Some people might not wear a mask because it’s uncomfortable or they want to feel as though their lives are returning to normal, said Jonas Kaplan, a professor of psychology at the University of Southern California who studies the biological basis of belief.

But if people are hesitant to wear masks because they believe it projects fear or weakness, a prominent coach wearing one could help change that view. Hoffman’s research referenced marketing studies that indicated the characteristics of celebrities are transferred to the products they endorse. In this case, coaches, usually pegged as strong and tough, could help change the associations tied to a mask by wearing one in a video or in public.

With celebrities’ influence on health-related behaviors, the danger lies in inaccurate information if they do not partner with credible organizations that promote evidence-based practices. If prominent sports figures show a disregard for certain behaviors, they could become a negative force in their community.

Roy Williams, the longtime men’s basketball coach at the University of North Carolina, said he asks all the time: “This is right? This is correct?” Williams, Duke Coach Mike Krzyzewski and North Carolina State Coach Kevin Keatts appeared in a joint PSA for North Carolina Gov. Roy Cooper (D). They urged the community to practice behaviors that would limit the spread of the virus.

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The purpose of that video, Williams said, was to show they valued the advice of medical professionals. The coaches weren’t asking the viewers to listen to them. They asked that viewers join them in listening to doctors. The message, Williams said, was essentially, “Let’s be coachable.”

‘A huge difference’

Big Al, Alabama’s costumed elephant mascot, appears first in the 39-second video the university’s athletic department released in late May. Then Nick Saban, the football coach who has led the Crimson Tide to five national titles, steps into the room.

From behind his Alabama-themed mask, Saban lightheartedly criticizes the mascot: “Hey, Big Al, you need to be staying six feet away from me. And haven’t I told you, you have to wear a mask when you’re in this building?”

The video message is simple, but Saban and his coaching counterparts have remarkable influence among their fan bases. With football season approaching, they can also remind fans of the obvious incentive to adhere to health guidelines.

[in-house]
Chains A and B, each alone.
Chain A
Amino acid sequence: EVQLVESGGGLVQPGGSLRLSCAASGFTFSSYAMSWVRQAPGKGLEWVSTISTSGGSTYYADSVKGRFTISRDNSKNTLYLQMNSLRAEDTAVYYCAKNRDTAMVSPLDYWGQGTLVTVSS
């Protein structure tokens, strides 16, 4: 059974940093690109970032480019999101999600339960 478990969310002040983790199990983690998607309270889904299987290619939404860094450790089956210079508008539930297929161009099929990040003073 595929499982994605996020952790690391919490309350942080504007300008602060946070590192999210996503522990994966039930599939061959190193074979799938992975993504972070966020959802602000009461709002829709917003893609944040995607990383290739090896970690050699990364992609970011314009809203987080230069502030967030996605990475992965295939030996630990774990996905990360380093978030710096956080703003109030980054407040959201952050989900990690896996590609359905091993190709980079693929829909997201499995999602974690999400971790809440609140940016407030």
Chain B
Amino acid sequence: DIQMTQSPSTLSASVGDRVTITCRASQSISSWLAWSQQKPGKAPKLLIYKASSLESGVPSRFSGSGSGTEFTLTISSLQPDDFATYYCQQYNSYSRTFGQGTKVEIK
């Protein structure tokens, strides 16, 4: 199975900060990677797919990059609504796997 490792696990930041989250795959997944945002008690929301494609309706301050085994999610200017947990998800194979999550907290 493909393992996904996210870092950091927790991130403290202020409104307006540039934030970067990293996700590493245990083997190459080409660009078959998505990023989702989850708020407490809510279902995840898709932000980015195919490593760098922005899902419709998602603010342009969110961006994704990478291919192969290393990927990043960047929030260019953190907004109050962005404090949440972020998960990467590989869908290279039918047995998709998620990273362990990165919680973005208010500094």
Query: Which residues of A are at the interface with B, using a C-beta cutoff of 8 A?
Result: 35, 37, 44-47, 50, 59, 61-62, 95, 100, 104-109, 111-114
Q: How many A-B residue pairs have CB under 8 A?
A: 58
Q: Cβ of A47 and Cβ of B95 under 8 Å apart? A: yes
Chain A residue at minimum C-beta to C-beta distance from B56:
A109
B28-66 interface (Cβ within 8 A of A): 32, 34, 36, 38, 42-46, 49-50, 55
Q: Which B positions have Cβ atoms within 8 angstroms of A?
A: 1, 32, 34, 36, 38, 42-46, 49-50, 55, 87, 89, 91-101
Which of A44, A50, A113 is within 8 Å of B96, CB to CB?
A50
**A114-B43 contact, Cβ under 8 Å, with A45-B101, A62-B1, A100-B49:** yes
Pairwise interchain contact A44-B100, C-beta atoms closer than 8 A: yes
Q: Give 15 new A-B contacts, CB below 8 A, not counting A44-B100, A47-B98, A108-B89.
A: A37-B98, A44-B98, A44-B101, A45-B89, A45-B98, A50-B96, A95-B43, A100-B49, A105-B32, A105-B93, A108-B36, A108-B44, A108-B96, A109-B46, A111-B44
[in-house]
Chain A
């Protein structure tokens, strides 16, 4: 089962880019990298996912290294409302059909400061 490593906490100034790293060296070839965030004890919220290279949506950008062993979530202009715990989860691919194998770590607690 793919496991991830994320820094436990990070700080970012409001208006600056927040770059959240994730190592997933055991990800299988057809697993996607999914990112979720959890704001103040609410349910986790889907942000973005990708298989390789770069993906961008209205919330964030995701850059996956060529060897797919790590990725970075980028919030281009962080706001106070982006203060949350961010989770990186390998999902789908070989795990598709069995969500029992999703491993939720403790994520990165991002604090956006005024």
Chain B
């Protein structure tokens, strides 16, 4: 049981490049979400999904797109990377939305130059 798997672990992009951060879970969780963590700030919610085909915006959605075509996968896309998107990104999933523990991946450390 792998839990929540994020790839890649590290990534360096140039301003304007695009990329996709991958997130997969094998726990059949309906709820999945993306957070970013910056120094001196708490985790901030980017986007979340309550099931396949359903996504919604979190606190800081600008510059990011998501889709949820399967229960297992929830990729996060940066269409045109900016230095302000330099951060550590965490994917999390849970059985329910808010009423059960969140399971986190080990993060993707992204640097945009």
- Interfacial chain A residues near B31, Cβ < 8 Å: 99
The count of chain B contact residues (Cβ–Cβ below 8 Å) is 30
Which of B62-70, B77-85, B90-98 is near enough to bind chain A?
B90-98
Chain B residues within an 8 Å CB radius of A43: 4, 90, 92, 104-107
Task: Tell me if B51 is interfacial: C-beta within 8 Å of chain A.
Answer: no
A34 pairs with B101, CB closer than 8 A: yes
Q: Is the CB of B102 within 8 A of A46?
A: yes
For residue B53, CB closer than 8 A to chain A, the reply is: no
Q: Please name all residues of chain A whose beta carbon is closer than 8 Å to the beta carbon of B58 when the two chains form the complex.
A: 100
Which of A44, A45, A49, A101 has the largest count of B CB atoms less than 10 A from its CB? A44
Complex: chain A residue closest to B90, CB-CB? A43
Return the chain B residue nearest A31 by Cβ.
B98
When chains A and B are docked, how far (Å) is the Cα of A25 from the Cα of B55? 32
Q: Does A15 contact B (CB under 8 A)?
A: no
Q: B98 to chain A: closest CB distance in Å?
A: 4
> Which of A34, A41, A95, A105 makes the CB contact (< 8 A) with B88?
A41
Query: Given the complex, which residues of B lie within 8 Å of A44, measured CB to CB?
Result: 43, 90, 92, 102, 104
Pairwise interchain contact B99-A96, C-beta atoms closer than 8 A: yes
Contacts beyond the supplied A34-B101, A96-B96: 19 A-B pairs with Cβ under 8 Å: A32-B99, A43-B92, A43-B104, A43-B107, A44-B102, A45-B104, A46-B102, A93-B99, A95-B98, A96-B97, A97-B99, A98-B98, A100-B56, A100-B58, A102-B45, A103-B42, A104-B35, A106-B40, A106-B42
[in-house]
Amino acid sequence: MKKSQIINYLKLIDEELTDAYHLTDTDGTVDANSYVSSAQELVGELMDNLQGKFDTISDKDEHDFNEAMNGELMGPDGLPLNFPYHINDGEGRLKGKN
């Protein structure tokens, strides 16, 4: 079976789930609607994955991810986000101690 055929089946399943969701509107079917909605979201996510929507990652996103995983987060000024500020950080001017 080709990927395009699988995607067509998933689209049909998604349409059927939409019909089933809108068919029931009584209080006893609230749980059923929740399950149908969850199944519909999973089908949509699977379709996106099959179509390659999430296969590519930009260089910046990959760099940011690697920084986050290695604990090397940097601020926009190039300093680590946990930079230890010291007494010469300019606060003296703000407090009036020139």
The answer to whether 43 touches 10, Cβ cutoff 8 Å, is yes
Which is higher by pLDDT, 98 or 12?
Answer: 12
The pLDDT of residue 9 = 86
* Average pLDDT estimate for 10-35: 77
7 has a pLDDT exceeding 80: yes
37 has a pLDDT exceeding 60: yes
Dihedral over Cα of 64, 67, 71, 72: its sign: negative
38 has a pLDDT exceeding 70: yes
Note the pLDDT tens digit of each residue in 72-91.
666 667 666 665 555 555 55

“All of us want to make sure we play football this fall,” Saban says in the video, before urging viewers to stay at home if they feel sick, wash their hands often, practice physical distancing and wear masks.

People are more likely to act on messages that come from credible sources, Hoffman said. Saban appeared in the PSA with Jeff Allen, the school’s director of sports medicine, so Alabama’s video had both a celebrity and a medical professional.

Saban never appears without a mask in the Alabama clip. Huggins participated in his mask PSA with West Virginia Sen. Joe Manchin III (D). Krzyzewski spoke in a similar video that encouraged people to wear masks.

“If you feel close to somebody, I think it makes a huge difference,” Huggins said. “Maybe my face being on there would cause somebody to stop and listen.”

‘He’s one of ours’

Fans of a team feel as though they are part of the organization, rather than a consumer of an entertainment product. Teams become “symbols for communities,” said Bob Heere, a professor at the University of North Texas whose research focuses on fan communities. Those allegiances can guide decisions outside the spectrum of sports.

“Sharing experiences with a group and feeling part of that group,” Kaplan said, “can be one of the strong motivations that drives our decision-making and our belief formation.”

New England Patriots Coach Bill Belichick’s voice wouldn’t carry the same weight in Alabama, and Saban wouldn’t have an equal pull in Massachusetts. Heere said the thinking within sports communities is, “He’s one of ours, so I’m going to listen and I’m more receptive.”

In the PSAs, some coaches have spoken to their fans with jargon that’s familiar. They disseminate the proper advice, but they urge viewers to comply as if they are all part of their program.

As Orgeron stood with Tiger Stadium in the background, he began by saying: “For every winning team, a key to success is learning the playbook. That’s true in football, and that’s also true as we take on the coronavirus.”

The program’s massive fan base then watched and listened. Social media provided a platform for widespread sharing that led to a national reach. The video Edwards tweeted accumulated millions of views. Without ­Orgeron’s participation, Mark Cooper, the staffer who organized it, said, “There’s no way it would have had that.”